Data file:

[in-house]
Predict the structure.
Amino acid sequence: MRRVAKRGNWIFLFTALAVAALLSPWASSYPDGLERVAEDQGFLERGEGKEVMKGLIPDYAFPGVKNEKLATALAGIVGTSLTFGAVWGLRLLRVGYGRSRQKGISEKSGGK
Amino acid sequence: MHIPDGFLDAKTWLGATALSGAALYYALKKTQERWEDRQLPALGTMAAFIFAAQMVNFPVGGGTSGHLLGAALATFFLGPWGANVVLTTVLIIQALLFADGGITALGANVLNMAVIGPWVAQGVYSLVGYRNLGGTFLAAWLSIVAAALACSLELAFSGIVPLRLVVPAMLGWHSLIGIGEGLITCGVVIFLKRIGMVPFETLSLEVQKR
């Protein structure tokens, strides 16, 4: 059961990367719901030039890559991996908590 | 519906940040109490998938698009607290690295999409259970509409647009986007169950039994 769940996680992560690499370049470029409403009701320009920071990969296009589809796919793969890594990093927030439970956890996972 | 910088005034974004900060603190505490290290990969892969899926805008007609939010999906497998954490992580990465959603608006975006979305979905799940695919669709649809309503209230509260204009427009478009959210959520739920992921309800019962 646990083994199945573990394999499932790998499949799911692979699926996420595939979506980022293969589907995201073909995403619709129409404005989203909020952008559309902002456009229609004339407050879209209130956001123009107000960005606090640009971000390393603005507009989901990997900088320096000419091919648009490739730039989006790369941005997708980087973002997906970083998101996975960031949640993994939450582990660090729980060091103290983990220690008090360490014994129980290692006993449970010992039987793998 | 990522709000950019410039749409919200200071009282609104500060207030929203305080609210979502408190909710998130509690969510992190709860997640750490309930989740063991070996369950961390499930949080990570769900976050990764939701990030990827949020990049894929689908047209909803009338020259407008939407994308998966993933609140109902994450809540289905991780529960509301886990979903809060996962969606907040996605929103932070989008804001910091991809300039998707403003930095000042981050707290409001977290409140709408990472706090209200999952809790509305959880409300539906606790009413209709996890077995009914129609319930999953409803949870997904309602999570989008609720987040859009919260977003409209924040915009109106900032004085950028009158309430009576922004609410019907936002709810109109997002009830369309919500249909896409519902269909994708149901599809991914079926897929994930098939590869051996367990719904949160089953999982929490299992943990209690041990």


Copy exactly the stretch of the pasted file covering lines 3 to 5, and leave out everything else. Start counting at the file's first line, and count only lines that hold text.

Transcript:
Amino acid sequence: MRRVAKRGNWIFLFTALAVAALLSPWASSYPDGLERVAEDQGFLERGEGKEVMKGLIPDYAFPGVKNEKLATALAGIVGTSLTFGAVWGLRLLRVGYGRSRQKGISEKSGGK
Amino acid sequence: MHIPDGFLDAKTWLGATALSGAALYYALKKTQERWEDRQLPALGTMAAFIFAAQMVNFPVGGGTSGHLLGAALATFFLGPWGANVVLTTVLIIQALLFADGGITALGANVLNMAVIGPWVAQGVYSLVGYRNLGGTFLAAWLSIVAAALACSLELAFSGIVPLRLVVPAMLGWHSLIGIGEGLITCGVVIFLKRIGMVPFETLSLEVQKR
């Protein structure tokens, strides 16, 4: 059961990367719901030039890559991996908590 | 519906940040109490998938698009607290690295999409259970509409647009986007169950039994 769940996680992560690499370049470029409403009701320009920071990969296009589809796919793969890594990093927030439970956890996972 | 910088005034974004900060603190505490290290990969892969899926805008007609939010999906497998954490992580990465959603608006975006979305979905799940695919669709649809309503209230509260204009427009478009959210959520739920992921309800019962 646990083994199945573990394999499932790998499949799911692979699926996420595939979506980022293969589907995201073909995403619709129409404005989203909020952008559309902002456009229609004339407050879209209130956001123009107000960005606090640009971000390393603005507009989901990997900088320096000419091919648009490739730039989006790369941005997708980087973002997906970083998101996975960031949640993994939450582990660090729980060091103290983990220690008090360490014994129980290692006993449970010992039987793998 | 990522709000950019410039749409919200200071009282609104500060207030929203305080609210979502408190909710998130509690969510992190709860997640750490309930989740063991070996369950961390499930949080990570769900976050990764939701990030990827949020990049894929689908047209909803009338020259407008939407994308998966993933609140109902994450809540289905991780529960509301886990979903809060996962969606907040996605929103932070989008804001910091991809300039998707403003930095000042981050707290409001977290409140709408990472706090209200999952809790509305959880409300539906606790009413209709996890077995009914129609319930999953409803949870997904309602999570989008609720987040859009919260977003409209924040915009109106900032004085950028009158309430009576922004609410019907936002709810109109997002009830369309919500249909896409519902269909994708149901599809991914079926897929994930098939590869051996367990719904949160089953999982929490299992943990209690041990």